I Won’t Take No for an Answer
(Evangelism Confessions #2)

I want to tell you about a time that I refused to take no for an answer. In some contexts, this might be a positive description.

In fact, one could probably put a positive spin on that phrase and talk about the urgency that needs to accompany our evangelism. But this post is a continuation of our mini-series of evangelism confessions (see here for the first one).

Context: Learning to Defend my Faith

When I was in college, I had a pretty dramatic experience. I went in wanting to study theology to go on to go to seminary and then become a pastor. You would have been hard-pressed to find anyone as excited as me during my first few months at college. I had never felt so spiritually alive: every class filled my mind with more knowledge of God, and I was genuinely growing closer to Him.

Then, out of nowhere, I began to doubt my faith. It was quite intense. I stopped sharing my faith, because I was no longer sure if it was even true! The next several months were consumed with trying to figure out what I actually believed.

Thankfully, due to the work of various Christian ministries whose purpose is to give reasons for why following Christ is reasonable, my faith remained steady.

And there was a positive side: I now knew why I believed what I believed. I was eager to share it with others!

We Should Hang Out!

In college, I worked at a restaurant to pay for my classes. On one break, I had a brief conversation with one of the servers. He had grown up Christian, took it very seriously, went on missions trips — the whole package. But at some point, he left the faith.

And the conversation ended there. We had to get back to work. “Hey, we should hang out after work sometime. I’d love to hear more of your story,” I told him. He agreed.

I was really excited! I was eager to hear the rest of his story. But I was even more eager to share the Gospel with him. But then the day came, and I had an idea that got me even more excited: “Wait! I can share with him all this new knowledge I gained about how I know the Gospel is true!”

I packed a copy of my favorite apologetics book in my backpack, and I drove to meet him.

Our Conversation

I met my coworker at a restaurant, we ordered food, and I asked him: “So you told me a little bit about your story. Do you mind telling me more of it?” And he did! He was vulnerable and told me about how he had felt confused, manipulated, and constricted by his Christian upbringing. He remembered being pushed to share the Gospel or else people would go to hell, and he described the intense pressure he felt he was always under.

I hate to say it: but I brushed most of this to the side. I wish I had told him: “Oh man, I can totally relate. For so many years I felt like God hated me if I didn’t talk about Him all the time. That must have felt awful.” In other words, I wish I at acknowledged his pain. It sounded like his Christian upbringing was devoid of a rich understanding of God’s grace.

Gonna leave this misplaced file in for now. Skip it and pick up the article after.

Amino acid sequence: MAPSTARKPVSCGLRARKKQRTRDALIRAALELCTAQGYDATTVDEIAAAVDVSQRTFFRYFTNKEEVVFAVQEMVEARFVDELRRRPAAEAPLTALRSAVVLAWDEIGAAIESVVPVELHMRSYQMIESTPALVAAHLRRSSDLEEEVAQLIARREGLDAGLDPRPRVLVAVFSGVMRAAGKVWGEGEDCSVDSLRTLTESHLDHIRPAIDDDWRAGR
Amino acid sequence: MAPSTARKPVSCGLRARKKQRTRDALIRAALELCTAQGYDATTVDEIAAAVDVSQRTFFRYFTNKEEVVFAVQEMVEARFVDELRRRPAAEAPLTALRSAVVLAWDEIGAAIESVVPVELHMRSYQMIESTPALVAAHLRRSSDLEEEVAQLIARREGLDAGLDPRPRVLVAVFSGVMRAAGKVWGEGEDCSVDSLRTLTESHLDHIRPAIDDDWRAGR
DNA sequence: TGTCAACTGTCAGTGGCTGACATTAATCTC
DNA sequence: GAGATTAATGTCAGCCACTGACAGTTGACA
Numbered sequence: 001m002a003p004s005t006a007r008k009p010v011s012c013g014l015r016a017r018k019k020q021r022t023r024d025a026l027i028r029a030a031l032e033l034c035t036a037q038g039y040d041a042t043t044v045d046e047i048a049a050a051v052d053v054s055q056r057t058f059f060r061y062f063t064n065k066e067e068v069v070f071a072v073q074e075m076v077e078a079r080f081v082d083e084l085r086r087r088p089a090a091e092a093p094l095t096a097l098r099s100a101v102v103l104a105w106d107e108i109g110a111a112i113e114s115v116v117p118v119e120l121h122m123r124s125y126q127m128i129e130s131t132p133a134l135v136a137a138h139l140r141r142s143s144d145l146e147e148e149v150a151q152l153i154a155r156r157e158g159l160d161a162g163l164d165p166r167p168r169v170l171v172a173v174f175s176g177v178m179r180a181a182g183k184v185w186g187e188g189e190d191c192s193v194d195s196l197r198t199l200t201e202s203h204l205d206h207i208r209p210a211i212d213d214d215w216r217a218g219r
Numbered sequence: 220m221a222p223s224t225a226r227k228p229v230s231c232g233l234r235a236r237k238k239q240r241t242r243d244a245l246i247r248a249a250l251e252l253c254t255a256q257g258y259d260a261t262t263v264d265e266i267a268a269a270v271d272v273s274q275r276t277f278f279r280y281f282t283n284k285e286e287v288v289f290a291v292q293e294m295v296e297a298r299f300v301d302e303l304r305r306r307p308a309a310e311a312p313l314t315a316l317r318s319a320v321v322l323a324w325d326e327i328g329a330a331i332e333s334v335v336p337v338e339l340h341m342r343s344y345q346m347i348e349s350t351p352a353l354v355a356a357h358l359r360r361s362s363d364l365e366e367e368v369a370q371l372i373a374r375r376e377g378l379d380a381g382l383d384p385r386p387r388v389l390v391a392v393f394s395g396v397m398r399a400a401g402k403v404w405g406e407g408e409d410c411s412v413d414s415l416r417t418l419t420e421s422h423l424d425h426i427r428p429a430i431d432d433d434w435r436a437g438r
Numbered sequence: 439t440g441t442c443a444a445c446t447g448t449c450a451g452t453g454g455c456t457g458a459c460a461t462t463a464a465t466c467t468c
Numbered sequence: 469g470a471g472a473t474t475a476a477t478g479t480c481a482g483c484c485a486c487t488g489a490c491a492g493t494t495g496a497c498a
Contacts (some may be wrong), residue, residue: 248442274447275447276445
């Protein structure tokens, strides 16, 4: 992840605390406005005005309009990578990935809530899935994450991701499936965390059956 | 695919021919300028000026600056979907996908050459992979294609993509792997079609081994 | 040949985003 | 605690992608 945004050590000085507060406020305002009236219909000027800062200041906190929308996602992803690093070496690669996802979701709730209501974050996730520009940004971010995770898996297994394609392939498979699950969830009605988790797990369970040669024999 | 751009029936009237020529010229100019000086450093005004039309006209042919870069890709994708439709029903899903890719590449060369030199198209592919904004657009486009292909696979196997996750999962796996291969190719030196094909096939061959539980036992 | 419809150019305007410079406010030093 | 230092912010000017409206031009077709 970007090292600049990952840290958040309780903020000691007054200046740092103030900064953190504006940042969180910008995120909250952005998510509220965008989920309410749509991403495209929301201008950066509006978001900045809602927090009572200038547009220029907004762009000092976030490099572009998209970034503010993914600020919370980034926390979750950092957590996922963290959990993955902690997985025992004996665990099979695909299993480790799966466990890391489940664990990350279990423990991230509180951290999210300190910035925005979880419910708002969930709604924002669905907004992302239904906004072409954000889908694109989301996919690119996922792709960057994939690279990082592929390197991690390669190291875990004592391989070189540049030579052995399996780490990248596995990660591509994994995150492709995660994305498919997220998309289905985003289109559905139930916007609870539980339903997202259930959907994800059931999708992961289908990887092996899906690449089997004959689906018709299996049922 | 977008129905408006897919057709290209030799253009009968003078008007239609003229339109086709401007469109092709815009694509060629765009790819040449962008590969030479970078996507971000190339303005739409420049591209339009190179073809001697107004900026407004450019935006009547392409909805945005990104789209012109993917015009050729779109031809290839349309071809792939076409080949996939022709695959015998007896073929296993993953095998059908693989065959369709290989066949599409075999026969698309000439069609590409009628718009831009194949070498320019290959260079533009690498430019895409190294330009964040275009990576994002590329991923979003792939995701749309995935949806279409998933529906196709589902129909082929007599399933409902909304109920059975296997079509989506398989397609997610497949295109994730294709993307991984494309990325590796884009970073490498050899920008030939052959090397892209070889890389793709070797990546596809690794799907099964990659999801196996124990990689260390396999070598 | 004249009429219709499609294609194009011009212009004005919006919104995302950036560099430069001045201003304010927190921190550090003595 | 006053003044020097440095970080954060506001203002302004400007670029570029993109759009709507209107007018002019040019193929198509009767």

Instead of asking him questions, I pushed my points through. “But why are you not a Christian today?” I asked. To be honest, I can’t remember his answer. But I do remember pulling the book I had packed out of my backpack, and insisting that he read it.

Not Taking No for an Answer

He said, “I appreciate it, but I’m honestly not interested right now.”

And for some reason that I can’t explain, I didn’t want to take no for an answer. I insisted again: “Are you sure? It’s an awesome book.” He again politely declined. Then I even became rude about it!

Well have you ever studied this before? It seems pretty irrational to reject something without ever actually studying it.

It might not sound that that bad. But if you had been there, you could have felt the tension. My coworker was under the impression that we were meeting up to have a casual conversation, and I was trying to force him to read a book. And even worse: I ruined my opportunity to continue talking to him. I have since moved to another state, but to this day, he and I have never had another spiritual conversation of any significance.

Why?

Because I didn’t know how to take no for an answer.

Would Jesus Take No for an Answer?

Perhaps surprisingly, Jesus told His disciples to know when to just move on. In Matthew 10:14 He gives them instructions for their first “missions trip.” He tells them what to do if nobody listens to what they have to say:

And if anyone will not receive you or listen to your words, shake off the dust from your feet when you leave that house or town.

And in Matthew 7:6 He says:

Do not give dogs what is holy, and do not throw your pearls before pigs, lest they trample them underfoot and turn to attack you.

How does this apply to evangelism? In short, it means to know when to respect somebody’s “No.” There are at least two reasons why.

  1. First, for your own sake. Nobody should be wasting their time trying to change people who flat out refuse to change. This is keeping you from reaching those who are ready for the Gospel.
  2. Second, for their sake. I hate to say it, but I truly think I made it harder for my coworker to be open to the Gospel. I pushed him away by my rudeness.

 

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